Cleaning services for businesses Many businesses and civic institutions have a need for individuals who will provide cleaning services at a low cost outside of business hours. This is a great side business for those who can put in a few hours late at night or on weekends.
Collectible trading If there’s a particular type of collectible that you know a great deal about, you can often make good money as a collectible trader, utilizing tools like eBay and opportunities to find those collectibles in the community. I had some success with this myself with both trading cards and video games in the past.
Computer troubleshooting I had some success with this in the past, though I’ve largely moved away from it now. If you have a knack for fixing computers, this is a good place to start.
Consignment buyer Consignment shops and consignment auctions are often loaded with good deals if you know how to identify them – quite often, you can turn these good deals around and make a nice profit elsewhere. Get started by visiting some consignment shops and critically evaluating the prices on the items there.
Cookie making Much like candy making, homemade cookies can be a great seller. Bake the cookies, package them well, and resell them through a local gift shop. Often, you can find people in your social network who will buy batches from you for special occasions.
Dinner preparer I recently met a woman who earned quite a bit of money as a very part-time chef. Once a week, she would go to someone’s house and prepare a homemade meal for their family, then do all the dishes and cleanup work. This gives the family plenty of together time, while earning the lady some cash in the pocket. If you love to cook, this can be a great opportunity, but you may have to put a lot of work into searching for clients.
Event coordinator Events like family reunions and large parties are often full of busywork that many people simply don’t want to tackle. That can be the perfect place for you to step in and take charge of the planning and coordination.
Event DJing Are you an audiophile? If you have a great sound system and a large selection of music, you’ve already got what you need to hire yourself out as a DJ for various events and receptions. This is a great way to fill an afternoon and evening while also earning some cash in the process.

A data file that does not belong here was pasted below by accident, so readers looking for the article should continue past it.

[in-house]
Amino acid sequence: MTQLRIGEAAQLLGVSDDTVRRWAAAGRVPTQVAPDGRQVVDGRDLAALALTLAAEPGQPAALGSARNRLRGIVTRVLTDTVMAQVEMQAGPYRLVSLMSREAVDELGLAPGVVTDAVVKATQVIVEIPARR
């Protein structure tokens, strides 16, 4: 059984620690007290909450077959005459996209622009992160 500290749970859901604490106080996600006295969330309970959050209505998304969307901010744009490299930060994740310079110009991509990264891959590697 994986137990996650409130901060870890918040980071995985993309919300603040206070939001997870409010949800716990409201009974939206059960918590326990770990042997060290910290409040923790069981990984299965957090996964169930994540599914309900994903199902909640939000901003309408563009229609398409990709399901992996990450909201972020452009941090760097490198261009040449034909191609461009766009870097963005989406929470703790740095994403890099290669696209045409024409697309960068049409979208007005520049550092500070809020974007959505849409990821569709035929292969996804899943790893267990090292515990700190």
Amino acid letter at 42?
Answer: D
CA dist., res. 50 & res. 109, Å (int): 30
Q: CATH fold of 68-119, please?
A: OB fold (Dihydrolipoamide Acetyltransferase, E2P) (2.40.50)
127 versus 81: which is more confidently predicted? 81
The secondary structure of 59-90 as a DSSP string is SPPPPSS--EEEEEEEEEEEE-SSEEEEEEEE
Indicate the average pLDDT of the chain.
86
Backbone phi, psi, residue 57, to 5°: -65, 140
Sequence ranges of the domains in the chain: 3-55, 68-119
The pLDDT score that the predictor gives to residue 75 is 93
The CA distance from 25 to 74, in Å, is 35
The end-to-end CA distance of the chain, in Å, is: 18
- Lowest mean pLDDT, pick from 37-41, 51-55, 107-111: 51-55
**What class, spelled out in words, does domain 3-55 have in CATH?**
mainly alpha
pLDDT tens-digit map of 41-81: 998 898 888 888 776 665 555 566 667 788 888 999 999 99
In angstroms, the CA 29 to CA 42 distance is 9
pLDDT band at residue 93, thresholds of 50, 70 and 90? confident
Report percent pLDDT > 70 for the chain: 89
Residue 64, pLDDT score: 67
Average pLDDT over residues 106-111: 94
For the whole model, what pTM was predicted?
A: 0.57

Exercise teacher Many gymnasiums will trade membership and often a bit more for a person willing and able to teach an exercise class. If you’re in good shape, this is a great opportunity to earn some extra money, plus it can often lead to additional income with one-on-one teaching opportunities.
Furniture making If you’re adept at woodworking and have just a bit of basic equipment, it’s easy to get into business making deck furniture. It only requires a few items – a saw, a drill, a sander – and some creativity and passion for working with wood.
Garage sale management One person I know holds a garage sale at their house almost every weekend during the summer. As a result, that person has a lot of regular customers who stop by almost every weekend to see what’s on sale. That person then goes to neighbors and friends and offers to sell their stuff at that yard sale for them, splitting the proceeds. People are usually happy to do this, since they don’t have to go to all of the work of running a yard sale, but still get rid of unwanted items and earn a bit of money, too.
Gardening services I’ve actually had requests from others for people willing to do this, so the demand is out there. To put it simply, some people are willing to pay others to get a vegetable or flower garden started for them in their yard so they can have access to ultra-fresh produce without all the legwork.
Handy man services Skilled at basic home repair? Let people know that they can call you for little repair jobs, like basic plumbing and other things. You’d be amazed at the simple things people are willing to pay others to help them with.
Housecleaning Many people simply don’t enjoy cleaning their homes and are willing to pay a reasonable price to have someone do the work for them. This is a great way to earn extra money in a flexible way, particularly if you have time off during the workweek.
Interior decorating Fascinated by interior design? Have a huge collection of interior design materials around? Many people are quite happy to hire individuals to help them decorate their home – I know, for one, that I have no eye for this type of thing.